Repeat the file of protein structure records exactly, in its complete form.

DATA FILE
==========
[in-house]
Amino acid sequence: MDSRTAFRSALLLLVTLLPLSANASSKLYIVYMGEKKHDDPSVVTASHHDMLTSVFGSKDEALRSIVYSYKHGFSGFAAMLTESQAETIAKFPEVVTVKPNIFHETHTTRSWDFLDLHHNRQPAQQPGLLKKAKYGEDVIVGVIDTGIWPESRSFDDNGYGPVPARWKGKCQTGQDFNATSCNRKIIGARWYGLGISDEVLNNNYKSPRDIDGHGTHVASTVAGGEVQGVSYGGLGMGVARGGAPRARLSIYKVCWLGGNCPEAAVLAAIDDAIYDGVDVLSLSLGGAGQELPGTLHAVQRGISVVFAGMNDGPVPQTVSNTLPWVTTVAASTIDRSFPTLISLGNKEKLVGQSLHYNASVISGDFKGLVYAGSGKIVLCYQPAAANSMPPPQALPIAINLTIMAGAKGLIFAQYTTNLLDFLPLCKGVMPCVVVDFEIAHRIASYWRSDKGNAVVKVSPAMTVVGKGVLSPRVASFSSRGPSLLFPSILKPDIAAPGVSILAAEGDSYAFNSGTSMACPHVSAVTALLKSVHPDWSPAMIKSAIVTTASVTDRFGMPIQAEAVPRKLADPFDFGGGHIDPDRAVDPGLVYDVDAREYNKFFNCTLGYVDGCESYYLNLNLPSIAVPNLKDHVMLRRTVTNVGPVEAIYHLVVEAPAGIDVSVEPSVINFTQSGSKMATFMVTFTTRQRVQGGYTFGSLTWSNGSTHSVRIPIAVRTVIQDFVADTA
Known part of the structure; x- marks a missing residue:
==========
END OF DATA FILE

[in-house]
Amino acid sequence: MDSRTAFRSALLLLVTLLPLSANASSKLYIVYMGEKKHDDPSVVTASHHDMLTSVFGSKDEALRSIVYSYKHGFSGFAAMLTESQAETIAKFPEVVTVKPNIFHETHTTRSWDFLDLHHNRQPAQQPGLLKKAKYGEDVIVGVIDTGIWPESRSFDDNGYGPVPARWKGKCQTGQDFNATSCNRKIIGARWYGLGISDEVLNNNYKSPRDIDGHGTHVASTVAGGEVQGVSYGGLGMGVARGGAPRARLSIYKVCWLGGNCPEAAVLAAIDDAIYDGVDVLSLSLGGAGQELPGTLHAVQRGISVVFAGMNDGPVPQTVSNTLPWVTTVAASTIDRSFPTLISLGNKEKLVGQSLHYNASVISGDFKGLVYAGSGKIVLCYQPAAANSMPPPQALPIAINLTIMAGAKGLIFAQYTTNLLDFLPLCKGVMPCVVVDFEIAHRIASYWRSDKGNAVVKVSPAMTVVGKGVLSPRVASFSSRGPSLLFPSILKPDIAAPGVSILAAEGDSYAFNSGTSMACPHVSAVTALLKSVHPDWSPAMIKSAIVTTASVTDRFGMPIQAEAVPRKLADPFDFGGGHIDPDRAVDPGLVYDVDAREYNKFFNCTLGYVDGCESYYLNLNLPSIAVPNLKDHVMLRRTVTNVGPVEAIYHLVVEAPAGIDVSVEPSVINFTQSGSKMATFMVTFTTRQRVQGGYTFGSLTWSNGSTHSVRIPIAVRTVIQDFVADTA
Known part of the structure; x- marks a missing residue: